KAMPALA, Uganda – Liberians have a love-hate relationship with their electricity provider, the Liberia Electricity Corporation. They are in dire need of the service but are often frustrated with its poor reliability and the scarcity of information about the utility’s operations.
Could Liberians and LEC benefit from the lessons exhibited in success stories across the continent?
In Uganda, the National Water and Sewerage Corporation is one of the few exceptional institutions that has maintained consistency in carrying out convenient water distribution services.
In addition, it has managed to maintain great communication with the public on all its activities, whether they are new water installations, distribution works, and re-installation of water lines.
NWSC even opens its pump and treatment facilities to the public, so that they’re educated on the various processes involved in cleaning and distributing their water.
As essential as water is in the day-to-day activities, ensuring that customers are always supplied requires efficient and effective management; but it is just as important to maintain awareness to the public of any new developments, especially when access is affected.
NWSC uses all media channels, including television, radio, and social media – WhatsApp, Facebook, Twitter, and text messages.
The use of social media has resulted in the formation of online groups – most commonly WhatsApp – for households under the jurisdiction of NWSC’s nearest branch. Members of those groups then have full access to the company’s daily activities.
Customers can pledge complaints, receive instant and reliable feedback to any inquiry, get announcements in case of outages, with details elaborating on the reasons and expected duration.
Indeed, customer care does seem to be a priority for NWSC.
The quality service that NWSC provides has dividends because users are more likely to share with their service provider any information that can help NWSC improve service.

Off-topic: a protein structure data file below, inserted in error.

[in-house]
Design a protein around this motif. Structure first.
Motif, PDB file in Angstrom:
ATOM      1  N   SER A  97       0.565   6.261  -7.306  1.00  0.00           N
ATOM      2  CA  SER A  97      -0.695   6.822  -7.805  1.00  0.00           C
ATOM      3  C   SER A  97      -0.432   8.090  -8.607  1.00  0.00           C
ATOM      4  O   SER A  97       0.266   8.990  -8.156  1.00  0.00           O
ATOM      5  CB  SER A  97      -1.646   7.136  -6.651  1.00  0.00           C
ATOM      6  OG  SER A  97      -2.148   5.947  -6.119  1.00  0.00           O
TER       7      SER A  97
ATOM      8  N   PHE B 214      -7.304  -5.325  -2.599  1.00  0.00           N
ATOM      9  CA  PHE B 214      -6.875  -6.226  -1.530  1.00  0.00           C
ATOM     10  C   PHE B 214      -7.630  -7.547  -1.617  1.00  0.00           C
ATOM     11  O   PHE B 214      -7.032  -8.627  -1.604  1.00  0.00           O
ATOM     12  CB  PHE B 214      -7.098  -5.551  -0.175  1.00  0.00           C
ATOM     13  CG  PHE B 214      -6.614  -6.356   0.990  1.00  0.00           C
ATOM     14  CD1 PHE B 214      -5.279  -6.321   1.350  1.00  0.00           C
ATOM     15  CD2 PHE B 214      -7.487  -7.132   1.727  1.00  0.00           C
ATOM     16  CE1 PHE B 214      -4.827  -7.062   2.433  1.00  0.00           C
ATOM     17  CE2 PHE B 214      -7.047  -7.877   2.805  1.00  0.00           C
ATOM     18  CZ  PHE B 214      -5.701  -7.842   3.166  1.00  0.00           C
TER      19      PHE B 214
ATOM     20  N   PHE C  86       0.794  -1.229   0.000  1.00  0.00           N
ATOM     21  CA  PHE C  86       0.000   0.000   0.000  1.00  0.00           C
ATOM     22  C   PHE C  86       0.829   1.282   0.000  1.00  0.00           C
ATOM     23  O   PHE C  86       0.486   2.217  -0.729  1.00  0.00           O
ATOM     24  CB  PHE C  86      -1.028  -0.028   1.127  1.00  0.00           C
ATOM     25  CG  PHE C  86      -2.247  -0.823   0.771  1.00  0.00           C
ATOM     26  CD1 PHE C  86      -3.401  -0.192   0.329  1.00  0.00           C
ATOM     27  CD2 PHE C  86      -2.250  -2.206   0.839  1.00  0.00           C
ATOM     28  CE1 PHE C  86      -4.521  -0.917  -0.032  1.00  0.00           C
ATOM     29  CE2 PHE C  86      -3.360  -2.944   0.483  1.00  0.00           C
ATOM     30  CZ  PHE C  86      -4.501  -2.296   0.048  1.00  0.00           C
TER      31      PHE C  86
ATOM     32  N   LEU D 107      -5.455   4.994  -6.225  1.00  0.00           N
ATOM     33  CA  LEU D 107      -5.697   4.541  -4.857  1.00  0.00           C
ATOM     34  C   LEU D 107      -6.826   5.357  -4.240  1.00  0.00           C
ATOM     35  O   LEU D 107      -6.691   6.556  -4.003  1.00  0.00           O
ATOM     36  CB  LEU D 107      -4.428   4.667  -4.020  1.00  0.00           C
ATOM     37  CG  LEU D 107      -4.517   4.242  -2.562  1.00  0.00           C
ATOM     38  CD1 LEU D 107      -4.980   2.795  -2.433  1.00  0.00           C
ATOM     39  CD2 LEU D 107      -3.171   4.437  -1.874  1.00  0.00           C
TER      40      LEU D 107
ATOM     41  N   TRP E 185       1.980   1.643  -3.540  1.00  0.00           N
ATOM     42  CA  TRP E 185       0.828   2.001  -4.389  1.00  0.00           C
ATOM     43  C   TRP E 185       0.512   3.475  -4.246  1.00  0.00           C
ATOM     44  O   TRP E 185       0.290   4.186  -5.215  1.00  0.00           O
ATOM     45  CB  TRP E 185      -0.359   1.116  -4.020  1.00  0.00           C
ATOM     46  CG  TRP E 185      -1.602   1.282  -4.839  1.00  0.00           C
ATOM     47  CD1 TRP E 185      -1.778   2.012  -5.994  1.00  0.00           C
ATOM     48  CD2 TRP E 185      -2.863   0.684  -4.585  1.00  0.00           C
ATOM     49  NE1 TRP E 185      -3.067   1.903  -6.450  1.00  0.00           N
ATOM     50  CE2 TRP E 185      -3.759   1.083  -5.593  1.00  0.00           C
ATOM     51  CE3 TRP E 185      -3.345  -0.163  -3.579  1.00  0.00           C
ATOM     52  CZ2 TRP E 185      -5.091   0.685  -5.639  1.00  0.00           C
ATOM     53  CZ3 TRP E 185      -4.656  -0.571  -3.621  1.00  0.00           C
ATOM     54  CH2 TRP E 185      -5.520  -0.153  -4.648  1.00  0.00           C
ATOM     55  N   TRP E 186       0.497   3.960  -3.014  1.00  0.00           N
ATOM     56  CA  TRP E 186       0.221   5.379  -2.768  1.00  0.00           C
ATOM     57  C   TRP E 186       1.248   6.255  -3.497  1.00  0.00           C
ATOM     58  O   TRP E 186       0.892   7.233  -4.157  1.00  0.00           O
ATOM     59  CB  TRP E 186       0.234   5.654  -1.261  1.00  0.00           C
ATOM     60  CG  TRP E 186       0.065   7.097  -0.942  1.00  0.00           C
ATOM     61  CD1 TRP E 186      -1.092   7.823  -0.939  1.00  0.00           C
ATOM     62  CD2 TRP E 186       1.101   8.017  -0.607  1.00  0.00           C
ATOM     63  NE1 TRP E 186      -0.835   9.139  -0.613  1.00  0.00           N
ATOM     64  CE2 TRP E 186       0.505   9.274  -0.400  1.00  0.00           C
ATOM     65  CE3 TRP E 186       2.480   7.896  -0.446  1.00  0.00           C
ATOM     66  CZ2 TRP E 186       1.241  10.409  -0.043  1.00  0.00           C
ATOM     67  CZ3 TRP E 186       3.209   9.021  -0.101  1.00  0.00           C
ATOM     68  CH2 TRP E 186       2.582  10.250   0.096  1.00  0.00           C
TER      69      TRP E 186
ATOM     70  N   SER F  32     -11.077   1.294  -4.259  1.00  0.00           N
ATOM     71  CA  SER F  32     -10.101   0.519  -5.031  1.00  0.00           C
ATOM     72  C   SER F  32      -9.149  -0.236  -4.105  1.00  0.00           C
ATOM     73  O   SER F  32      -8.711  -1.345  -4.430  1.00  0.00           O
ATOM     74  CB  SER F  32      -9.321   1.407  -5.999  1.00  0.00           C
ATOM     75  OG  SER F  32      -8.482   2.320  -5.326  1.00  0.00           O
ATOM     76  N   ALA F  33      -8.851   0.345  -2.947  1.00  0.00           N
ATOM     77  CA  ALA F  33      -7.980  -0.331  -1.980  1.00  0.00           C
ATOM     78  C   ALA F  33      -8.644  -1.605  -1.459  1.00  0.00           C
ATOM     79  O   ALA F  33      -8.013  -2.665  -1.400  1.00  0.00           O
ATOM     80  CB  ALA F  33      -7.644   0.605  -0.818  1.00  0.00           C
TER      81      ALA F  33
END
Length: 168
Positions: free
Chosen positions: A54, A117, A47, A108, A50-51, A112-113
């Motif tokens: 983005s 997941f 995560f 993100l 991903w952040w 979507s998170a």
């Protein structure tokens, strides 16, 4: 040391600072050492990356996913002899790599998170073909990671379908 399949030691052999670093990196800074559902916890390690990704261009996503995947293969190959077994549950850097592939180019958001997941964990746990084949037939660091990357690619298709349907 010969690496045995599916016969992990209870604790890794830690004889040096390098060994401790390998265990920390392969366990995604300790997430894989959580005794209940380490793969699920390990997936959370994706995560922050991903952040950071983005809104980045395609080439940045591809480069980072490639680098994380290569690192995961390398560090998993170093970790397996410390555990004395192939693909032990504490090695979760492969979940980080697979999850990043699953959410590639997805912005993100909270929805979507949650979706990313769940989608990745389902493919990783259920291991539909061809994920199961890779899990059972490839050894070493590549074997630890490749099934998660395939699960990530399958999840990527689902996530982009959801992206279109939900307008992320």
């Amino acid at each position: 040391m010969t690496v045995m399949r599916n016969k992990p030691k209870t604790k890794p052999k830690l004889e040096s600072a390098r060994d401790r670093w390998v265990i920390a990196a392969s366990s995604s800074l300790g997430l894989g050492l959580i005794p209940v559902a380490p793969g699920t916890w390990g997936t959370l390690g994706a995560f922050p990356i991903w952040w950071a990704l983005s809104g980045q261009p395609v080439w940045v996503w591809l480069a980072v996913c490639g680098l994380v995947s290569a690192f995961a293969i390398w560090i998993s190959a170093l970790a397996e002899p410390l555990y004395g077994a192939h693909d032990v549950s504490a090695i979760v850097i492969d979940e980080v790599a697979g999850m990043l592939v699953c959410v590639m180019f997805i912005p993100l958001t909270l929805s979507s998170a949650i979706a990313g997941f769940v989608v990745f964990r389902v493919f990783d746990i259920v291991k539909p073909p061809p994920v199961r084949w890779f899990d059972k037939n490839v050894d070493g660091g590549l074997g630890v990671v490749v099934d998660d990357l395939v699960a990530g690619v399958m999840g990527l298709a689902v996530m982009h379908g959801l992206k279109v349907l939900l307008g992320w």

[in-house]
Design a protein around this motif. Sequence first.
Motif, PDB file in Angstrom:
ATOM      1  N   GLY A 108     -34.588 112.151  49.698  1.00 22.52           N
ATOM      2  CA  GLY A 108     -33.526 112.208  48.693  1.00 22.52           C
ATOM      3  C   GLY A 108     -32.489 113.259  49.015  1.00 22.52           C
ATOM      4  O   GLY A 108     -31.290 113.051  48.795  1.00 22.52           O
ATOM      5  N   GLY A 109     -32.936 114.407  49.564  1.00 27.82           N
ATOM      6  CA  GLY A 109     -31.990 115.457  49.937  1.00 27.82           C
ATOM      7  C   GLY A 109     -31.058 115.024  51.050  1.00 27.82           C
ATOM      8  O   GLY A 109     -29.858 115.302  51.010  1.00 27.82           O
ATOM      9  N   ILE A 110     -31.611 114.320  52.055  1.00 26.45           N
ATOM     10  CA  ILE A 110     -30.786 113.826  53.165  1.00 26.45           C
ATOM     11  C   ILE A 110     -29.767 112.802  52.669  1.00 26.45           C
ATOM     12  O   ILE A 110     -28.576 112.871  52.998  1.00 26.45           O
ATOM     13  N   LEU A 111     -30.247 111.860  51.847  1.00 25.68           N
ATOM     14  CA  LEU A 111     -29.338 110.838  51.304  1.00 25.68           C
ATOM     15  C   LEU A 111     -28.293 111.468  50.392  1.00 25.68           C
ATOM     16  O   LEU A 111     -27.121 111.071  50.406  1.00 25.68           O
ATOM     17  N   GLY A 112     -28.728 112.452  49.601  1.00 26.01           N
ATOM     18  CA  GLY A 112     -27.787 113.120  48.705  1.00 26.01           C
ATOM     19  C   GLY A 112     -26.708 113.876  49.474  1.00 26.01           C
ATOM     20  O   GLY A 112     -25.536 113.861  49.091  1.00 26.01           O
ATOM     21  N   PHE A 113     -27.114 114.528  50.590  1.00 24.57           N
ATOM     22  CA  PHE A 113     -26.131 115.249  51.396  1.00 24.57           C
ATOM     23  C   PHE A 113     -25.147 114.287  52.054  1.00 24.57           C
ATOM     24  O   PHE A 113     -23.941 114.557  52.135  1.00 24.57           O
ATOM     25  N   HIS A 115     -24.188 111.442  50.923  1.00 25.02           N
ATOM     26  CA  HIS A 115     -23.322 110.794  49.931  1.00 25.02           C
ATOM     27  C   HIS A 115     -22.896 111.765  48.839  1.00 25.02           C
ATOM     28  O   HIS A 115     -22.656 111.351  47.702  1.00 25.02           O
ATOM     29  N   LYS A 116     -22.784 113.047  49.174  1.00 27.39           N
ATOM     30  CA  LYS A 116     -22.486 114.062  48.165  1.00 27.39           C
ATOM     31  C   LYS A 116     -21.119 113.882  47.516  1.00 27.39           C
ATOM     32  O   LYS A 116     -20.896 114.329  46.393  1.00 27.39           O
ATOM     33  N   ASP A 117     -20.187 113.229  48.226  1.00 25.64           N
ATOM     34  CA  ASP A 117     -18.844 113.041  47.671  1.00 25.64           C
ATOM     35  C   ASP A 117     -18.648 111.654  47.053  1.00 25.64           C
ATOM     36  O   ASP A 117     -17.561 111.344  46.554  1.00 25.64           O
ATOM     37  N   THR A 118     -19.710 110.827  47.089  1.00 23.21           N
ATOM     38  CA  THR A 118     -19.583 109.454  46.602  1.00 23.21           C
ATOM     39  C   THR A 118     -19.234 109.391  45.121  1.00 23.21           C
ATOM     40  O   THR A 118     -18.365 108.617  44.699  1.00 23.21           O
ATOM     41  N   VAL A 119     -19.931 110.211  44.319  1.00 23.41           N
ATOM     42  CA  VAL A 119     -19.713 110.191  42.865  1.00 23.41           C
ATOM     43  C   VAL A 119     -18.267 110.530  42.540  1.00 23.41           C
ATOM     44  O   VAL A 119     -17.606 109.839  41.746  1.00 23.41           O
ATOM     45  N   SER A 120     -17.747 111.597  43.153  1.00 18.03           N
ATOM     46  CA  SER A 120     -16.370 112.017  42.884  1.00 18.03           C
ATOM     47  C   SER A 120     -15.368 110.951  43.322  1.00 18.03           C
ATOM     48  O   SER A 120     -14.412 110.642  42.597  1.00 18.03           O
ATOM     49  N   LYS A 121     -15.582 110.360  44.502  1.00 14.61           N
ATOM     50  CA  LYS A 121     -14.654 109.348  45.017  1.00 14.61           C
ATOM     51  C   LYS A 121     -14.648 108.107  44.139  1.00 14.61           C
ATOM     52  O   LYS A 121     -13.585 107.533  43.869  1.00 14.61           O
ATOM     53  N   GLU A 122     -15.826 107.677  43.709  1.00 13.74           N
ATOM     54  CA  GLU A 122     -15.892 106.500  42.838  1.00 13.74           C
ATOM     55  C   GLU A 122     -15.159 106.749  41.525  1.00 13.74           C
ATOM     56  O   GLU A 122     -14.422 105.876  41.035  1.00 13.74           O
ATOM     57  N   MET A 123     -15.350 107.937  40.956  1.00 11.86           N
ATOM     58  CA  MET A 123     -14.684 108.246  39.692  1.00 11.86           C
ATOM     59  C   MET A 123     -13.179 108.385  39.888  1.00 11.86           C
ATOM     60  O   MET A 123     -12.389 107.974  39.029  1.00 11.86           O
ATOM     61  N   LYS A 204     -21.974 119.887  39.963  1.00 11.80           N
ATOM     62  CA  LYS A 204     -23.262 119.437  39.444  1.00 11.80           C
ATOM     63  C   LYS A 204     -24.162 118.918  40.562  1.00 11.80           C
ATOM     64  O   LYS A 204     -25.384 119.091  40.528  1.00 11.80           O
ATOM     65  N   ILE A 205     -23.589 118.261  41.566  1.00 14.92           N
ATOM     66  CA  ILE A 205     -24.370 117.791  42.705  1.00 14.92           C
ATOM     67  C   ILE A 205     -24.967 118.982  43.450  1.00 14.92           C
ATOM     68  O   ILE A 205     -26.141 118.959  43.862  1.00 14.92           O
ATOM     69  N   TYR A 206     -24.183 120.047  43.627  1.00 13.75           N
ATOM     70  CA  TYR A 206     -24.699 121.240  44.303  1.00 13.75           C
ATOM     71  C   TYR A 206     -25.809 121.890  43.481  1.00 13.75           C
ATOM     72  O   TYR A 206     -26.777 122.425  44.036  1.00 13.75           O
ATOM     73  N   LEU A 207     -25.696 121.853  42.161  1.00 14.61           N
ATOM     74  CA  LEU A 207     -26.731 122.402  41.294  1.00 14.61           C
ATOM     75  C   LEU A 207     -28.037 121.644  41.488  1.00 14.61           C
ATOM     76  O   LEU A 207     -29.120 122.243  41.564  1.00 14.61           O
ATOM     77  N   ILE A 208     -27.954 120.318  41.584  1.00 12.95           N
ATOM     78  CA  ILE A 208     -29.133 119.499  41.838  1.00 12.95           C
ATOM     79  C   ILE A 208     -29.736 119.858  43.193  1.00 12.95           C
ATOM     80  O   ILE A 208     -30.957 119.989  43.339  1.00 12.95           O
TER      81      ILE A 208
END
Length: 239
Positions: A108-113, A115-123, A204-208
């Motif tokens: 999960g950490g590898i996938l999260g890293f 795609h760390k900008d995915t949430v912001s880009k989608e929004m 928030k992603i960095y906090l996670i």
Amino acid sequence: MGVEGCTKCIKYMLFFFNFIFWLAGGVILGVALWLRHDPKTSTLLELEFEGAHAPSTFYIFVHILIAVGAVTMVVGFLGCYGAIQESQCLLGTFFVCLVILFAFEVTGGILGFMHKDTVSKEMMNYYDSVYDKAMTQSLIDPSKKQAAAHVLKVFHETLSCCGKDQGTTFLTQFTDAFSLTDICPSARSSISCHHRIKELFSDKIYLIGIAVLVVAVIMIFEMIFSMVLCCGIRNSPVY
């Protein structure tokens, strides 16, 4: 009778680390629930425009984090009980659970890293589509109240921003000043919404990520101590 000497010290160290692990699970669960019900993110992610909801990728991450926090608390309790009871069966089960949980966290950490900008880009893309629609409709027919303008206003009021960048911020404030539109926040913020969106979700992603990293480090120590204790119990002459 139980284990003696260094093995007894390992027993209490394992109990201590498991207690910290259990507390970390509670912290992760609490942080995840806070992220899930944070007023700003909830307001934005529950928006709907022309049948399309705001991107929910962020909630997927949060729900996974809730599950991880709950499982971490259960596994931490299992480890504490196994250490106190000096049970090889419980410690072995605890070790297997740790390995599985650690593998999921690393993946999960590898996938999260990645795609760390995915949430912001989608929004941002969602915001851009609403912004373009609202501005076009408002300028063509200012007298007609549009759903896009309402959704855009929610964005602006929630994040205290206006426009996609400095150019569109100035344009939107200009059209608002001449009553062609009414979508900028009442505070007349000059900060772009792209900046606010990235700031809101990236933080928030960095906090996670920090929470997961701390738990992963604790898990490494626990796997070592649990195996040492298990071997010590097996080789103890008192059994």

For example, similarly to how the Liberia Electricity Corporation has been campaigning against power thefts, NWSC also encourages customers to report on individuals acquiring water through illicit means or even just if they identify waste.
NWSC’s effective use of social media to foster better communication with its customers has also played an effective role in curbing corruption because customers have little incentive to bribe NWSC workers to gain favor.
Every NWSC employee is monitored and held accountable, and users are constantly reminded to report any signs of unprofessional conduct.
Even for people who opt for a more direct contact, either on the phone or in person, there is no real added benefit. There is no selective provision of services as all complaints and inquiries tend to receive immediate attention.
With Uganda’s population at a constant growth, demand for water is increasingly prompting additional installation of water stations to increase capacity in as many households. Maintaining a steady supply of information and support to customers has been key for NWSC to keep serving its users.
If LEC wants to improve customer satisfaction, employing such methods will not only benefit its customers, but it could even help the utility as it fights power theft.
Featured photo courtesy of Uganda’s National Water and Sewerage Corporation